This is accomplished by emitting an extra section called "fbctinf" (""FreeBASIC"" compile time information?) when compiling, and using libbfd at link-time to find out whether object files contain that section, and if so, reading it in. Furthermore, when building a static library, fbc creates an extra object file (called ""__fb_ct.inf"") containing just that extra information and adds it to the library. At link-time fbc looks at each library (using libbfd again) to figure out whether it has such an ""__fb_ct.inf"" file or not.
This feature heavily relies on libbfd, which can cause problems when building fbc, because libbfd does not exactly have a stable interface. Different versions are usually incompatible. That's why fbc has a small wrapper written in C, so it can use the original bfd.h, instead of relying on translated bfd.bi's. That way, you're less likely to run into libbfd-related compatibility problems. Each system (Linux and BSD distributions, MinGW, DJGPP) has their own version of libbfd, sometimes shared, sometimes static, and require different additional libraries to get libbfd working.
Deletions:
This is accomplished by emitting an extra section called "fbctinf" (""FreeBASIC"" compile time information?) when compiling, and using libbfd at link-time to find out whether object files contain that section, and if so, reading it in. Furthermore, when building a static library, fbc creates an extra object file (called ""__fb_ct.inf"") containing just that fbctinf section and adds it to the library. At link-time fbc looks at each library (using libbfd again) to figure out whether they have such an ""__fb_ct.inf"" file or not.
This feature/functionality is called objinfo, because it stores information in object files. It heavily relies on libbfd. This can cause problems when building fbc, because libbfd does not exactly have a stable interface. Different versions are usually incompatible. That's why fbc has a small wrapper written in C, so it can use the original bfd.h, instead of relying on translated bfd.bi's. That way, you're less likely to run into libbfd-related compatibility problems. Each system (Linux and BSD distributions, MinGW, DJGPP) has their own version of libbfd, sometimes shared, sometimes static, and require different additional libraries to get libbfd working.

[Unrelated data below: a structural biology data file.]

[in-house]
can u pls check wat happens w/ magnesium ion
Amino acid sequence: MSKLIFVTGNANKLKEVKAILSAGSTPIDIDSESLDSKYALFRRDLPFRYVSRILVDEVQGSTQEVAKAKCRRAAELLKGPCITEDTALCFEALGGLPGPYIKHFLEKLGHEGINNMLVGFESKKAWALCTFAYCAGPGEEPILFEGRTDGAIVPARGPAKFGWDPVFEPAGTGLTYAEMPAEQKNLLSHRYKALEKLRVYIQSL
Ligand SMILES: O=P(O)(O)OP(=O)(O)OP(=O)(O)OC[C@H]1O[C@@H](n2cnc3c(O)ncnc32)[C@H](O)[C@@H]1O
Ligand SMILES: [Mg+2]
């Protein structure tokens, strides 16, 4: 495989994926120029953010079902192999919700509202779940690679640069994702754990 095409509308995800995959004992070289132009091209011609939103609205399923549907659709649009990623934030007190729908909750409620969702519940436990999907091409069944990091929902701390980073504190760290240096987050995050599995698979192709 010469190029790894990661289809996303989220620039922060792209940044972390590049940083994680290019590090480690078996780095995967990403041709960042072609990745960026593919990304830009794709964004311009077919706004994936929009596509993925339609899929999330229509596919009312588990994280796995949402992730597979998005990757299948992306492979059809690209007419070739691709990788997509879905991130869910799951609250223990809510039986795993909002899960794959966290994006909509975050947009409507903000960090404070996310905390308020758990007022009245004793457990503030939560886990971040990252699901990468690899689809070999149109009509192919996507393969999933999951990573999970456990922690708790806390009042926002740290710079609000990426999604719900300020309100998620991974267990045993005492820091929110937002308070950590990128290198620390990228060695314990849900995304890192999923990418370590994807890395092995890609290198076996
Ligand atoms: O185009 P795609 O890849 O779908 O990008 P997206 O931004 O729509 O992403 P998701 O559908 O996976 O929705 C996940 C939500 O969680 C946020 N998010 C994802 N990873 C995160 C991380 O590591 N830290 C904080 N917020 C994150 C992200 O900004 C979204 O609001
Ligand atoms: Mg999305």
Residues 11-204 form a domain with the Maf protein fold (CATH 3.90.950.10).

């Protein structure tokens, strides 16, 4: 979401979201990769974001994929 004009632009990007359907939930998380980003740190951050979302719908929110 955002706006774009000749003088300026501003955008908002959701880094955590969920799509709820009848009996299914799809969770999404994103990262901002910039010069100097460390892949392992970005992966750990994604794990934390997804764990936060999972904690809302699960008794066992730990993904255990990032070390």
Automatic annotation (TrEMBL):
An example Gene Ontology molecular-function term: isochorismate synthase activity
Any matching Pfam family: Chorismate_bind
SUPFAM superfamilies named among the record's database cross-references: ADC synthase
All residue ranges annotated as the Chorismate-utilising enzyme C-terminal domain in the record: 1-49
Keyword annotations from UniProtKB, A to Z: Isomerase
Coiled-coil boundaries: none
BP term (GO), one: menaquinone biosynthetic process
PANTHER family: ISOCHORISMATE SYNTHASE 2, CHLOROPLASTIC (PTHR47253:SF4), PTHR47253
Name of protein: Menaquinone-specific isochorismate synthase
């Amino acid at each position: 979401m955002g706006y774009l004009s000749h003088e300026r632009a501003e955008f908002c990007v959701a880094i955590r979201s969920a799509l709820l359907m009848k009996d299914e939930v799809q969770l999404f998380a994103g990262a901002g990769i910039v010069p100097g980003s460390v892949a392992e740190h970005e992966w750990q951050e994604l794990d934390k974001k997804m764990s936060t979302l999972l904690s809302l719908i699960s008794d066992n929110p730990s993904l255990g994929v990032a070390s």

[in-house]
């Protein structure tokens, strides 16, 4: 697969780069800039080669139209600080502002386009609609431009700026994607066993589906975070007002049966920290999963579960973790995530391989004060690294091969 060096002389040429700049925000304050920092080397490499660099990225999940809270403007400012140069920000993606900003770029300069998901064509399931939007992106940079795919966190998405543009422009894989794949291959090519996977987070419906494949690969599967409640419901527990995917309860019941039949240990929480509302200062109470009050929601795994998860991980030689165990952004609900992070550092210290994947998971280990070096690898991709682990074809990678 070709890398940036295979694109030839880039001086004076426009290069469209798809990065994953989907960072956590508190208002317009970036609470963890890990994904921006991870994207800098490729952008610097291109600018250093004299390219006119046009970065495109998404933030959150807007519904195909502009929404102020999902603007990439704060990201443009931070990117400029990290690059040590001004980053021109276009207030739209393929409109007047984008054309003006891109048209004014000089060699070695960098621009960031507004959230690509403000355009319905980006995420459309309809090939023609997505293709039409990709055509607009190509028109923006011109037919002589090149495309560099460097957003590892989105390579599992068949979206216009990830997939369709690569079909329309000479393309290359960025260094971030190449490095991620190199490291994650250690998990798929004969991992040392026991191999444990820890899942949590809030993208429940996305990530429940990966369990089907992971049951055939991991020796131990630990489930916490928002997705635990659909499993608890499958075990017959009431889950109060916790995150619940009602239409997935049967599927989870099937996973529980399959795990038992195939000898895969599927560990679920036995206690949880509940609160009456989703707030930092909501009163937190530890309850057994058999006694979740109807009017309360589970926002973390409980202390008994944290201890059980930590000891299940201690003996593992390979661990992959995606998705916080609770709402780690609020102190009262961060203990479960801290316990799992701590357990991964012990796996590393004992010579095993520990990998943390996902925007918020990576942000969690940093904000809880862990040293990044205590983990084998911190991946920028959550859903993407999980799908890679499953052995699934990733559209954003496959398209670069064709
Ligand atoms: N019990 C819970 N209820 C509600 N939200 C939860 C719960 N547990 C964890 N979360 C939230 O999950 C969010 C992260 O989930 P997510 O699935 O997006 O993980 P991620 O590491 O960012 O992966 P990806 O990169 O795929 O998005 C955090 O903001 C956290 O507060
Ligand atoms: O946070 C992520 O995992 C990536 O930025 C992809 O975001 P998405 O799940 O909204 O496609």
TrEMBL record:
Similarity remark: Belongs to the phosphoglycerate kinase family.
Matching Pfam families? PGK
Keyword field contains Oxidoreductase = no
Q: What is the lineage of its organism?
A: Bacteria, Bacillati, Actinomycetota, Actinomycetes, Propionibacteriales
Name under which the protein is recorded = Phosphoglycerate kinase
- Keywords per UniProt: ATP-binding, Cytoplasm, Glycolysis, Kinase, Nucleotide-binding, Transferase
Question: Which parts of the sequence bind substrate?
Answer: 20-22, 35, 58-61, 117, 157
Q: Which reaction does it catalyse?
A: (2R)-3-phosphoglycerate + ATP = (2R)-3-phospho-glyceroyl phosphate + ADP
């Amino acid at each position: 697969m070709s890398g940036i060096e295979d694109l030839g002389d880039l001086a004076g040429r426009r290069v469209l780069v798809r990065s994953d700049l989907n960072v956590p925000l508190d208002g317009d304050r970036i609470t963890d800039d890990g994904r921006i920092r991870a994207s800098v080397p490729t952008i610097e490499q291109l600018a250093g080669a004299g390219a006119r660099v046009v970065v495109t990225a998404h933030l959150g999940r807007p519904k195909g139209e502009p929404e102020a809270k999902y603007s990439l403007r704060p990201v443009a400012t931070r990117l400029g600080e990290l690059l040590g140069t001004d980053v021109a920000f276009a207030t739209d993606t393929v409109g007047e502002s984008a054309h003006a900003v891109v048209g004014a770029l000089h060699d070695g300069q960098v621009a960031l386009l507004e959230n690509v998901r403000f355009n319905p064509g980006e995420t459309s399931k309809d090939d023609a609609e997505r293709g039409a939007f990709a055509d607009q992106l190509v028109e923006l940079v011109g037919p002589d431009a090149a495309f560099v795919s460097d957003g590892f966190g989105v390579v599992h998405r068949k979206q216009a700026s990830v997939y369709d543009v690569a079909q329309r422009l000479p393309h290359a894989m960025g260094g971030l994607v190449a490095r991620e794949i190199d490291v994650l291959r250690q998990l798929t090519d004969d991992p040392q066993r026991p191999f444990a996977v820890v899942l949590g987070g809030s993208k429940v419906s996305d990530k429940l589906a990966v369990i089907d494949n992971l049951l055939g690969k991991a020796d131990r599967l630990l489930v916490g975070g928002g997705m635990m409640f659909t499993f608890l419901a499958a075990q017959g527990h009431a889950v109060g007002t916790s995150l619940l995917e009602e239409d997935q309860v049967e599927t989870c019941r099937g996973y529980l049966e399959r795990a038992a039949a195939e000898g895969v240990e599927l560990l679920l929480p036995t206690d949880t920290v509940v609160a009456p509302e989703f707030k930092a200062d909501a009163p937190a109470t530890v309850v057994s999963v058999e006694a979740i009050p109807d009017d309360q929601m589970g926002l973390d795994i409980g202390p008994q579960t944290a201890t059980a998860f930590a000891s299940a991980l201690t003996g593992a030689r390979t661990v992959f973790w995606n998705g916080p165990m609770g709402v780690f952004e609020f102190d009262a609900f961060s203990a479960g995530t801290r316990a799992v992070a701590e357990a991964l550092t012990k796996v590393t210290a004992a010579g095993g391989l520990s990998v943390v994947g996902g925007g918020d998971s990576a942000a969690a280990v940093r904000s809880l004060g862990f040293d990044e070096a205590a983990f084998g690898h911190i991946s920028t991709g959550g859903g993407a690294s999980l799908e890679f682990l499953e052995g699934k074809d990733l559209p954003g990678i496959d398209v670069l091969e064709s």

Revision [15035]

Edited on 2011-01-08 13:52:39 by DkLwikki [Update]
Additions:
This is accomplished by emitting an extra section called "fbctinf" (""FreeBASIC"" compile time information?) when compiling, and using libbfd at link-time to find out whether object files contain that section, and if so, reading it in. Furthermore, when building a static library, fbc creates an extra object file (called ""__fb_ct.inf"") containing just that fbctinf section and adds it to the library. At link-time fbc looks at each library (using libbfd again) to figure out whether they have such an ""__fb_ct.inf"" file or not.